reader may surmise at will, and then
"some.'.' R. H. Neelands stated labor's principle as being public control from first to last. A careful
analysis of the vote will show that
members were swayed by the wishes
of their own supporters and not by
the plebiscite. The liberal party
failed to support their attorney-general, who had practically pleaded for
a dry caucus vote on the ground that
the brewers were lawbreaking twenty-four hours a day. He had urged
government manufacture as the only
solution. A temperate Roland for a
wet Oliver.
The Victoria unemployed made a
further demonstration during tho
week and presented a petition by the
medium of the mayor, who is also
In the legislature. It may be mentioned that Victoria pays more income
tax than Vancouver, has golf courses
galore, and begs pennies from American tourists to feed its babies. Follow the hawks to Victoria. Labor
members seized upon the occasion to
press , the unemployment situation
throughout the province, stating that
the house had avoided the discussion
of causes and that now relief must
"We'given. The premier siied no tears
and managed to sidetrack the debate
by means of the rules.
The church union bill was duly
passed and the house has joined to
gether those whom the Almighty had
failed to unite. And yet critics say
that revolutions are not won by the
ballot box.
Resolutions which hud been put
aside for pressing if not impressive
government business were finally dis
posed of. R, H. Neelands had urged
the abolition of the senate. It was
decided to reform it.
For twenty-flve years the oriental
question has been debated, some
twelve acts have been passed and
declared Illegal. Once more our yellow brethren were told that we did
not like them well, the reason why
We could not tell, but this we knew,
and know full well, 'twas wicked here
to undersell. The extremest left in
quired what all the worry was about
and Indicated that the worker was
through with the yellow worry having passed the buck to George. What,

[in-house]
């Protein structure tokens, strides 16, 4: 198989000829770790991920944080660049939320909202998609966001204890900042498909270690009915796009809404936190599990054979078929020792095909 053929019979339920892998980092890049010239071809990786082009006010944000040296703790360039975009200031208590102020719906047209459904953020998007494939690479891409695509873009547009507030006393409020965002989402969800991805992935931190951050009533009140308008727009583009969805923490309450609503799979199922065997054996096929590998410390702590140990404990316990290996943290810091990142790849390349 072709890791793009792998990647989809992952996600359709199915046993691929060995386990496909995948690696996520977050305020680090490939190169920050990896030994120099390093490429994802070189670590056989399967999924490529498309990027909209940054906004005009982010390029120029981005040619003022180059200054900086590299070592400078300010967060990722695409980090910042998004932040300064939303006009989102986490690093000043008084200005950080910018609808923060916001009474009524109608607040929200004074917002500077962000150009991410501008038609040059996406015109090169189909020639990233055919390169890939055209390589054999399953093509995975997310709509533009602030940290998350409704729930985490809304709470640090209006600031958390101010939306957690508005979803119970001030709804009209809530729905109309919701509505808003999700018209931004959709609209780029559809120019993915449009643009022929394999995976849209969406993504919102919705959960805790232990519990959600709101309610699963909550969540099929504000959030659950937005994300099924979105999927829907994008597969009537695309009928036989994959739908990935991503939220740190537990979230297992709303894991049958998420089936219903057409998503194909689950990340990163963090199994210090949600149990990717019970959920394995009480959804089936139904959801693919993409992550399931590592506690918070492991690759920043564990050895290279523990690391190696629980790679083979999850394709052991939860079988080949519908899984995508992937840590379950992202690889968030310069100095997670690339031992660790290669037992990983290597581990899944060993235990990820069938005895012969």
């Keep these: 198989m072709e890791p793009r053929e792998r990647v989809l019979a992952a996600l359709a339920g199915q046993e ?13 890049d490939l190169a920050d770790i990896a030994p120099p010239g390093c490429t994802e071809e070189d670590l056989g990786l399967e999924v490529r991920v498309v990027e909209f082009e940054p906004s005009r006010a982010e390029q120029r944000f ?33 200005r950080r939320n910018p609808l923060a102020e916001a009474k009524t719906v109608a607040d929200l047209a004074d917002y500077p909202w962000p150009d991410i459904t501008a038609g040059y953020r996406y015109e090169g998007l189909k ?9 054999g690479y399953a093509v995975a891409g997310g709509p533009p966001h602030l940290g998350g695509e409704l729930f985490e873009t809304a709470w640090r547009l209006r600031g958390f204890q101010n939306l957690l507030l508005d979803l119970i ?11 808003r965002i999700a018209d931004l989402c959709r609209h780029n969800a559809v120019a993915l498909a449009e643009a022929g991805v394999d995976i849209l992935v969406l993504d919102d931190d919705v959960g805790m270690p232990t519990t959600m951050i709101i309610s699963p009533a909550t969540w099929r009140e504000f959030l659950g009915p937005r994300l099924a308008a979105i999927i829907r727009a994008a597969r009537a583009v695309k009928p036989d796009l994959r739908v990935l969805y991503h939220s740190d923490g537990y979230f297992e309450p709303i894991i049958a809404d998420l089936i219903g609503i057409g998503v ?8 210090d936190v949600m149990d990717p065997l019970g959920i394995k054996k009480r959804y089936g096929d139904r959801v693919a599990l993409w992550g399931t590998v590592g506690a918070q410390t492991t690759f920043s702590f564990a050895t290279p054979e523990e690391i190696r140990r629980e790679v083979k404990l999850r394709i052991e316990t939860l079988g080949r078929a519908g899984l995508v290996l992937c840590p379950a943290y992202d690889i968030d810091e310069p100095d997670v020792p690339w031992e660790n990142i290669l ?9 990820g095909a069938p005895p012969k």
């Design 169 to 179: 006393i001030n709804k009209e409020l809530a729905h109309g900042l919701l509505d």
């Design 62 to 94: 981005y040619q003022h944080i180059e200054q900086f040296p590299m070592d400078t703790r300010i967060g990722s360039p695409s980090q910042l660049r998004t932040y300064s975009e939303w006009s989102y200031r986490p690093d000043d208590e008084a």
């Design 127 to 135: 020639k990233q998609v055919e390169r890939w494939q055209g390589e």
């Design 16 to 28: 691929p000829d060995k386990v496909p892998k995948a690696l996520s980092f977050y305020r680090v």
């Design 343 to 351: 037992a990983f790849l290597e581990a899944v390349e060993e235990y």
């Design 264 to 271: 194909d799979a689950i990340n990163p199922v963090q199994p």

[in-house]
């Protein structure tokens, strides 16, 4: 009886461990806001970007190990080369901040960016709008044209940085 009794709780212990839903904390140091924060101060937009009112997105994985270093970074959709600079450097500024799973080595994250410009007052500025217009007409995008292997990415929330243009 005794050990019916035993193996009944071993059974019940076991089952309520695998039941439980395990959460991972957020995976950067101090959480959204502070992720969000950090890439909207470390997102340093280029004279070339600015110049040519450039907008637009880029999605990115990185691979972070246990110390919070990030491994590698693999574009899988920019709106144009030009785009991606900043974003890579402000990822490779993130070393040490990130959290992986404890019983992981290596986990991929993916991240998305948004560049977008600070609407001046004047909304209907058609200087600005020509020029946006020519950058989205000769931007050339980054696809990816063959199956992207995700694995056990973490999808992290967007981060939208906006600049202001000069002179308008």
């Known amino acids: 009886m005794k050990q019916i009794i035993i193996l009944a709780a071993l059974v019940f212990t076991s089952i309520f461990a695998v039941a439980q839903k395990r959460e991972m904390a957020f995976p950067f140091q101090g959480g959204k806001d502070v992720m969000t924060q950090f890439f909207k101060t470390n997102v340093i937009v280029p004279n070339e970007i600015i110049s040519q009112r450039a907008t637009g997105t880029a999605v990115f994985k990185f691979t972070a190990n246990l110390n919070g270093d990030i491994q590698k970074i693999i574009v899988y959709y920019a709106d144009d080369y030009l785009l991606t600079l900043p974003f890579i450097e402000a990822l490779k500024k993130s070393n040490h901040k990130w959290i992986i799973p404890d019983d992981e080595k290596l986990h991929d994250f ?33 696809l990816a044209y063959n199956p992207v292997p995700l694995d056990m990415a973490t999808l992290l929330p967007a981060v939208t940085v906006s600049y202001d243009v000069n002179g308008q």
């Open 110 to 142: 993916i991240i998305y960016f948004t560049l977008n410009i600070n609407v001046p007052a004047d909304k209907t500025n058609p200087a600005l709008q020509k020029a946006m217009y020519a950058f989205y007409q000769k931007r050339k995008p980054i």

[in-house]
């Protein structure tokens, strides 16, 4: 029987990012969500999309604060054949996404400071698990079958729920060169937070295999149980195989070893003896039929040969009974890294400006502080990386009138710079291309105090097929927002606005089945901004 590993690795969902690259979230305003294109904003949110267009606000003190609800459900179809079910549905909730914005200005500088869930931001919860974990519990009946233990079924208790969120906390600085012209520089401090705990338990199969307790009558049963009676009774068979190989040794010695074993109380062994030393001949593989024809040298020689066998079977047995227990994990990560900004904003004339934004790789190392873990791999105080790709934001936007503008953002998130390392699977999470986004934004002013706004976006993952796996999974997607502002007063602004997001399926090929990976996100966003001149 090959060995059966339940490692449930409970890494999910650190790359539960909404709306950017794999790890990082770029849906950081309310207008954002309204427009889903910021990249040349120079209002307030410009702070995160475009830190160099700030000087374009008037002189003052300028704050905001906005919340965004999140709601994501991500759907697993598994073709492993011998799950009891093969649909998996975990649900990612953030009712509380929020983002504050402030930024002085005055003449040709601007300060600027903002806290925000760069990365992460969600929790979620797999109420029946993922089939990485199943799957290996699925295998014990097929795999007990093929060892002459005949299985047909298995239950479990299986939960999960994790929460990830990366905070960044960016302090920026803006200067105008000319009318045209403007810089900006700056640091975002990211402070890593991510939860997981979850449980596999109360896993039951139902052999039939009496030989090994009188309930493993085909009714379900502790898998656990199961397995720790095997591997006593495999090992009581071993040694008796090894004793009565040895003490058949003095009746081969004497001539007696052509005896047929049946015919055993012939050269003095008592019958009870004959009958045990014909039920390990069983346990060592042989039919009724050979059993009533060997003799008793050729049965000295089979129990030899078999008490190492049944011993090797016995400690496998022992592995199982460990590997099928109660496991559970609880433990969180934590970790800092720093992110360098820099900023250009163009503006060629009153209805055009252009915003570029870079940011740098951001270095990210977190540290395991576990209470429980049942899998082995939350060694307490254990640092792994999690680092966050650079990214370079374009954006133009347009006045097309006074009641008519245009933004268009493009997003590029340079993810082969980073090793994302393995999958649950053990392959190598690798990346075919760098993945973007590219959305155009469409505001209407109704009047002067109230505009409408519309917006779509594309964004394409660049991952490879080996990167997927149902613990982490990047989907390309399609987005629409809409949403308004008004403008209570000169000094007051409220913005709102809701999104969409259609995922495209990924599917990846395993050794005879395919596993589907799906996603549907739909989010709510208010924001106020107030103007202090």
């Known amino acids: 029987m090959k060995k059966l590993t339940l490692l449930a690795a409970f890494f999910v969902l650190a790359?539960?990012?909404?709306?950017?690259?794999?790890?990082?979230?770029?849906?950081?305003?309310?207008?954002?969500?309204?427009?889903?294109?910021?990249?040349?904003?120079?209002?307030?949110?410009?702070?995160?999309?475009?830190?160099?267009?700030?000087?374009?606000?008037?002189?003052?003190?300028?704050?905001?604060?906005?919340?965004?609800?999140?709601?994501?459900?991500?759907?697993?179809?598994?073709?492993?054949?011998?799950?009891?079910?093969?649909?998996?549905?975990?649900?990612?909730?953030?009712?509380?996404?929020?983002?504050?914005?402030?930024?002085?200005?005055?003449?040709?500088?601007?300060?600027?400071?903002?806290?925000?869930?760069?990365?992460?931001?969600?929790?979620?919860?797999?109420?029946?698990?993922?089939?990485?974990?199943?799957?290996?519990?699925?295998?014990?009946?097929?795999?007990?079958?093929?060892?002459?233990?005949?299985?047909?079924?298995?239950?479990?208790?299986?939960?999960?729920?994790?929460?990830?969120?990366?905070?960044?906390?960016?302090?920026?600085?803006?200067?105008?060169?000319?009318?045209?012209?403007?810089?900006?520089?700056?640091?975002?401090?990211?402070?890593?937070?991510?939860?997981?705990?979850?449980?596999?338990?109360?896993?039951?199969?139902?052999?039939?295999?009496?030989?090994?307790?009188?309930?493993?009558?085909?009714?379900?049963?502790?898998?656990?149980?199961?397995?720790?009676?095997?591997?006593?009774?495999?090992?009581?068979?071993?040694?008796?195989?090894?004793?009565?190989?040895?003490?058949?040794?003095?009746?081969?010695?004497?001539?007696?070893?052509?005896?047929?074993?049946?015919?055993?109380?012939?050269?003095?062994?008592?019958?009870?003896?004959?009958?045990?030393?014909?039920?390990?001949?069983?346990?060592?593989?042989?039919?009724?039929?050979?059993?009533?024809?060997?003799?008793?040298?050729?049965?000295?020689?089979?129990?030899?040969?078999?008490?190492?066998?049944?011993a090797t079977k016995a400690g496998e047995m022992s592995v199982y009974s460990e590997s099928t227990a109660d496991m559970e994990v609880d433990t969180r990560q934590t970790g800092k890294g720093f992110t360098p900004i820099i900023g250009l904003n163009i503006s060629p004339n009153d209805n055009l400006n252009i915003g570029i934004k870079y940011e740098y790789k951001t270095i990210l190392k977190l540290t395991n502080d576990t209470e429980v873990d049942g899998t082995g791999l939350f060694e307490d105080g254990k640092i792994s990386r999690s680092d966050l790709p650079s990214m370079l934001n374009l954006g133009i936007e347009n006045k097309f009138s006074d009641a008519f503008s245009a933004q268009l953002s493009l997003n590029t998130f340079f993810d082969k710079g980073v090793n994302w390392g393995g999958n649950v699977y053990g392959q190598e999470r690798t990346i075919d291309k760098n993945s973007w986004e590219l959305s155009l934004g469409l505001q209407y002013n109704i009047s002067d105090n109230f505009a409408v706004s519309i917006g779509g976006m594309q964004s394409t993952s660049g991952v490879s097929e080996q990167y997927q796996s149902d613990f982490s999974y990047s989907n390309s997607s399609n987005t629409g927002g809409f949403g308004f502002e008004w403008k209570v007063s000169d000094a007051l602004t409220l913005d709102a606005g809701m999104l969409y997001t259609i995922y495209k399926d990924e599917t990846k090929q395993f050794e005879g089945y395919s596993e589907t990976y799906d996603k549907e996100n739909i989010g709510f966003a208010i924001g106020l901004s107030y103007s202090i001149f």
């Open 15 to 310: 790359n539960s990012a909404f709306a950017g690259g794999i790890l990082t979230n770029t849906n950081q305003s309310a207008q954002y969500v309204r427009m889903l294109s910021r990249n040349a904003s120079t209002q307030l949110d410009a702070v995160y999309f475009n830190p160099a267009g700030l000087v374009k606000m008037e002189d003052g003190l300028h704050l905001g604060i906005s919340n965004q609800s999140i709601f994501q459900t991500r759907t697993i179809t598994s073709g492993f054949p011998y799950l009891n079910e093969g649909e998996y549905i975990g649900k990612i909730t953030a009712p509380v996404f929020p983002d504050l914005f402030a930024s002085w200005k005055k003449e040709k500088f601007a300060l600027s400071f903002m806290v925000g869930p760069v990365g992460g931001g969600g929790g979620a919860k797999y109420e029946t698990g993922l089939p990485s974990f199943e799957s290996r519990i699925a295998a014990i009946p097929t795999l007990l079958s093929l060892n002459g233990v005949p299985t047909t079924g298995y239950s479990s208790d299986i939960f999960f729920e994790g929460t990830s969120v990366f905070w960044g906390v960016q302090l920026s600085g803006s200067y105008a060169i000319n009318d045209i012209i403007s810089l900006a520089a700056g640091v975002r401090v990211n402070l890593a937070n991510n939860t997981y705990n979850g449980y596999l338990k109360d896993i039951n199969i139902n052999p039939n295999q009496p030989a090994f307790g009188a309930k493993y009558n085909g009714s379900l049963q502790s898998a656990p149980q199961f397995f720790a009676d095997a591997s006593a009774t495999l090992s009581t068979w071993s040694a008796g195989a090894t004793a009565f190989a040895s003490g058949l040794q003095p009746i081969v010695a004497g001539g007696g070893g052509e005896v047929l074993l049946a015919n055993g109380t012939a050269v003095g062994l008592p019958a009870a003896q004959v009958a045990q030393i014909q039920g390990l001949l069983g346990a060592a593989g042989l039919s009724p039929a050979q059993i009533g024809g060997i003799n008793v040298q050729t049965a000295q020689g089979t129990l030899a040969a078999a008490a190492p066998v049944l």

by the way, is the curious affinity between the oriental and Shaughnessy
that makes thom housemates? Is It
the ways that are dark and the tricks
thnt are vain?
R. W. Browne's resolution fixing
unemployment as permanent, tho r
sponsibllity upon profit, and the immediate palliative as maintenance at
the cont of Industry, had been termed
academic. Strangely enough, the. gov
ornment sought lo nvold a division
upon the question. Possibly they
thought, as labor did, that It would
throw the liberals and conservatives
together against labor. Thoy both
looked very sheepish when this happened once or twice. The division,
howevor, showed some five liberals
and  one conservative supporting  It.
JUNIOR LABOR LEAGUE
New   Organization   Gets   Good
Start—New Year Will
See Activity
Organization work was completed
at the last meeting of the Junior
Labor League, held on Friday evening. The New Year will see considerable activity among the young people.
There ure great possibilities ahead
of uny young peoples' labor movement. In these days, when boys and
girls just out of school start In looking for work, In many cases competing with their elders, fow of them
have any idea of the Industrial conditions they are up against. Their
motto immediately becomos, "beat the
other fellow to thc job"—and the boy
with tho fastest bicycle wins. A large
number will have just gone through
the annual rush for the Christmas
job. How many stopped to think or
ask themselves WHY they were un
successful? Only a knowledge of the
existing economic system would help
them answer such a question.
A woman recently said: "I know
why my husband Is always out of
work. It's because wben his boss hns
no work for him he gets laid off."
Is It any wonder labor makes poor
progress In the faee of such "enlightenment."
Much time nnd energy would be
saved by giving future citizens a
knowledge of the sociul system, the
mind of a youth being more receptive to new Ideas than that of his
elders.
The Junior Labor League will give
an opportunity to young people for
study while offering recreation they
can now only got in institutions directly opposed to their interests as